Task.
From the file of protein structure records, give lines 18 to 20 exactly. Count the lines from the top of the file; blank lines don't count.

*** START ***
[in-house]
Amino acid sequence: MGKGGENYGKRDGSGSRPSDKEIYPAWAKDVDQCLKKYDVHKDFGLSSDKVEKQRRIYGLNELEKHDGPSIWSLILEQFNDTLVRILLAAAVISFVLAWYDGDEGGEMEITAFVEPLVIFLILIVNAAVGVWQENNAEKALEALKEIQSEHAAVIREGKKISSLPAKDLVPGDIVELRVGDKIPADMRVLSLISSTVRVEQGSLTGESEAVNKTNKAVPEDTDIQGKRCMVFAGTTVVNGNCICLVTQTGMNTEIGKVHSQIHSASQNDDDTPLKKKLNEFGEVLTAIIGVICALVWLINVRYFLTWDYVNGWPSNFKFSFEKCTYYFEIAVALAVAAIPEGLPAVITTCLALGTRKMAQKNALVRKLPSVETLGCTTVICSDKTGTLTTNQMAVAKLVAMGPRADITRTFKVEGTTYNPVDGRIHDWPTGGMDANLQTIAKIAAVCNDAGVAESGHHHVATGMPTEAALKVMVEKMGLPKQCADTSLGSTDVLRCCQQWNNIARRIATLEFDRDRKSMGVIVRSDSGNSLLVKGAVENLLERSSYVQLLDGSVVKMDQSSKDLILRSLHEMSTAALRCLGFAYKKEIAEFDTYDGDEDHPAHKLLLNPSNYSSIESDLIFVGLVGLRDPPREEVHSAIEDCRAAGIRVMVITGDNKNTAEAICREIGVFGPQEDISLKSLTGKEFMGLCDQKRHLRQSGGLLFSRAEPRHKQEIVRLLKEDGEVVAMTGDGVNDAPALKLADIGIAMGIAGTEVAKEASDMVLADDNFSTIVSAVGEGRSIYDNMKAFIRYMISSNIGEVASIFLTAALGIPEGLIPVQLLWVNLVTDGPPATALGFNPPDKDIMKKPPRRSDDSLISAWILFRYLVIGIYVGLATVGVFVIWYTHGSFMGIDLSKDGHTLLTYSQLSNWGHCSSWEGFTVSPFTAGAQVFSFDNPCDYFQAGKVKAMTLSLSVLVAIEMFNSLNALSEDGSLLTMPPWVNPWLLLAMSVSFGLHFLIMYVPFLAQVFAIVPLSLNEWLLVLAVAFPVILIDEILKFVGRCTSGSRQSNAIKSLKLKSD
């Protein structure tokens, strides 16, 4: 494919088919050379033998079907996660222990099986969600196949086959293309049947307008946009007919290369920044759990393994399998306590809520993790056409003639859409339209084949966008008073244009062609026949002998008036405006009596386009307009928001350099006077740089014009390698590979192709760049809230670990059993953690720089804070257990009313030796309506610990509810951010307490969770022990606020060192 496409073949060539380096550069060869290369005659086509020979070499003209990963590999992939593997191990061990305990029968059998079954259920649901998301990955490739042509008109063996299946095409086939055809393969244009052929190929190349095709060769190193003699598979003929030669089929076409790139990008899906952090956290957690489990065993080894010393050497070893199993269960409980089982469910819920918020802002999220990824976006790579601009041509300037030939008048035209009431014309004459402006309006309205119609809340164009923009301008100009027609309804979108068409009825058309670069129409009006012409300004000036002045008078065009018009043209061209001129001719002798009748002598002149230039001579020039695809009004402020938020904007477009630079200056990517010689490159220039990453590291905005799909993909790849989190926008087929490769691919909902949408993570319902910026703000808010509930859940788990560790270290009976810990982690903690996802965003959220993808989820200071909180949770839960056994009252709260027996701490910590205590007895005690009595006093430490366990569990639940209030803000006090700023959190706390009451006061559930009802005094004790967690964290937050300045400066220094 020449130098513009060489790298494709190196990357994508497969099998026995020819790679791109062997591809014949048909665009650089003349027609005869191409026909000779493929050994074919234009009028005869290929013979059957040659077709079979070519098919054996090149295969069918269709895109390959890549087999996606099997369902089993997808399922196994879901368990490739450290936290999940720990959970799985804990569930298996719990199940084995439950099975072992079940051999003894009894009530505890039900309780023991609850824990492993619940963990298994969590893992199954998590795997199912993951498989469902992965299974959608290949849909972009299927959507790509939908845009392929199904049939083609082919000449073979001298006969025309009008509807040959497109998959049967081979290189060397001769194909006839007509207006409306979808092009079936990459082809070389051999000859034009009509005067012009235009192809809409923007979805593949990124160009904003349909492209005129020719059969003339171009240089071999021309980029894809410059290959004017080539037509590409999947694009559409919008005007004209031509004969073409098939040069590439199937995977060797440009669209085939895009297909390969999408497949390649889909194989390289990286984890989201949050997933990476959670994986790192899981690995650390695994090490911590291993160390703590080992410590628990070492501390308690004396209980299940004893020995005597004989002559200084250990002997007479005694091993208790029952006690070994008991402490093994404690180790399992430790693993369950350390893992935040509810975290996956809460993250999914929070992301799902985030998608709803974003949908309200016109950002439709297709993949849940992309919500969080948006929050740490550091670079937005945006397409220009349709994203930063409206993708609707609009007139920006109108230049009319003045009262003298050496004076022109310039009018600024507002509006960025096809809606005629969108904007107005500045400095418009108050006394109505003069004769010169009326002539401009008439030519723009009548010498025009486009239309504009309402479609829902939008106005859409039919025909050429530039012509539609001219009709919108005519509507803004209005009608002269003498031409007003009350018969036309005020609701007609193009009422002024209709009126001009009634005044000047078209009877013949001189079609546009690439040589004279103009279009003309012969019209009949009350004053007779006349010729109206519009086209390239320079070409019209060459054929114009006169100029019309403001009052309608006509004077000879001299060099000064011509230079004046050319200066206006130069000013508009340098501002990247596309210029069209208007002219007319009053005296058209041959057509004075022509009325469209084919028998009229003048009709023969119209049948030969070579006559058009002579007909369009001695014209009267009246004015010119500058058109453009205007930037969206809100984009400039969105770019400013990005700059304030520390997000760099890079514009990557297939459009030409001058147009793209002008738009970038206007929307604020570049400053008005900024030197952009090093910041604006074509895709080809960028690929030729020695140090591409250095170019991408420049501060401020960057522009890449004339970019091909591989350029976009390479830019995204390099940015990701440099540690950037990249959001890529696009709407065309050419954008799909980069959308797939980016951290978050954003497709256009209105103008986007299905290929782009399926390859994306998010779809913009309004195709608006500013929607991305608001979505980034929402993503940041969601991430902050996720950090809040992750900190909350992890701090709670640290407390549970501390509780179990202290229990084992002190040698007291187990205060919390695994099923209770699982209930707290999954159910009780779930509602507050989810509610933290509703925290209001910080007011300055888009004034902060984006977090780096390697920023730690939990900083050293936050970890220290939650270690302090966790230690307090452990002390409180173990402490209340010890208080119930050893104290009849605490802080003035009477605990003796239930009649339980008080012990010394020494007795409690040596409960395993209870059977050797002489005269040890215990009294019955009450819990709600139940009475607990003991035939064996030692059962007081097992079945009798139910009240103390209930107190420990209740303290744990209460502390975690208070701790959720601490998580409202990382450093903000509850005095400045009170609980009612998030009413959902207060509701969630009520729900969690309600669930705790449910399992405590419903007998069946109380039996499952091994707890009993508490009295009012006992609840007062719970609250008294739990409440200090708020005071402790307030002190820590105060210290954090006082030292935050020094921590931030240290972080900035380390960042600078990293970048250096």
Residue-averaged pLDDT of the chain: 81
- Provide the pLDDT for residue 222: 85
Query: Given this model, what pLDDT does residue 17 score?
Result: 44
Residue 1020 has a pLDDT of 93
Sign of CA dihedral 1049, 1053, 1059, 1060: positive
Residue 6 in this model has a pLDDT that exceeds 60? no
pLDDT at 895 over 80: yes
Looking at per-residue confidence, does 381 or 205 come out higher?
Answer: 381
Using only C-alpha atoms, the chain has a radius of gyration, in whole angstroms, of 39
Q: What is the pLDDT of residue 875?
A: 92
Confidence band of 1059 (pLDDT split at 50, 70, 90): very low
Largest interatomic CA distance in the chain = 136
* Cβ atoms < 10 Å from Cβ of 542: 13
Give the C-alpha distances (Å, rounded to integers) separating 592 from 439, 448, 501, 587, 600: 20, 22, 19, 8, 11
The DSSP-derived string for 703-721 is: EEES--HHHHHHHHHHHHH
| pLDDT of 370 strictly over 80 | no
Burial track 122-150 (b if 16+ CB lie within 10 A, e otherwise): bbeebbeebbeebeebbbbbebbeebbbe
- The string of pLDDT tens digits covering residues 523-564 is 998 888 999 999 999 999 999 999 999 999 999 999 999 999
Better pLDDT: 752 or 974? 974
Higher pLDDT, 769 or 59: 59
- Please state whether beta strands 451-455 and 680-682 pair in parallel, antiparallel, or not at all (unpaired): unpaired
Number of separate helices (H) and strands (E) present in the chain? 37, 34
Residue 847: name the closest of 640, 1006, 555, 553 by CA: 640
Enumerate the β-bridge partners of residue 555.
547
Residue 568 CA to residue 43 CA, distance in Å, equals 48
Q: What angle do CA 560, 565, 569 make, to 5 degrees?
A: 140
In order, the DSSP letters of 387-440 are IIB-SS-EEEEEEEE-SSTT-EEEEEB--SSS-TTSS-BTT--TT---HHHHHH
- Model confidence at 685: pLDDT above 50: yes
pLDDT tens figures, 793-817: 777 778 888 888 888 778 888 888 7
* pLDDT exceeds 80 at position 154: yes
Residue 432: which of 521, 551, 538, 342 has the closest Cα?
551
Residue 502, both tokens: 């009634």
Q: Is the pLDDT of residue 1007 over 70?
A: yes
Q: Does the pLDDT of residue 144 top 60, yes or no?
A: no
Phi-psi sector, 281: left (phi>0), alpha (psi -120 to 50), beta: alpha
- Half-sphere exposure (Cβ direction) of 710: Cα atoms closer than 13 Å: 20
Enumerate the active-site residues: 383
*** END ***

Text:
Largest interatomic CA distance in the chain = 136
* Cβ atoms < 10 Å from Cβ of 542: 13
Give the C-alpha distances (Å, rounded to integers) separating 592 from 439, 448, 501, 587, 600: 20, 22, 19, 8, 11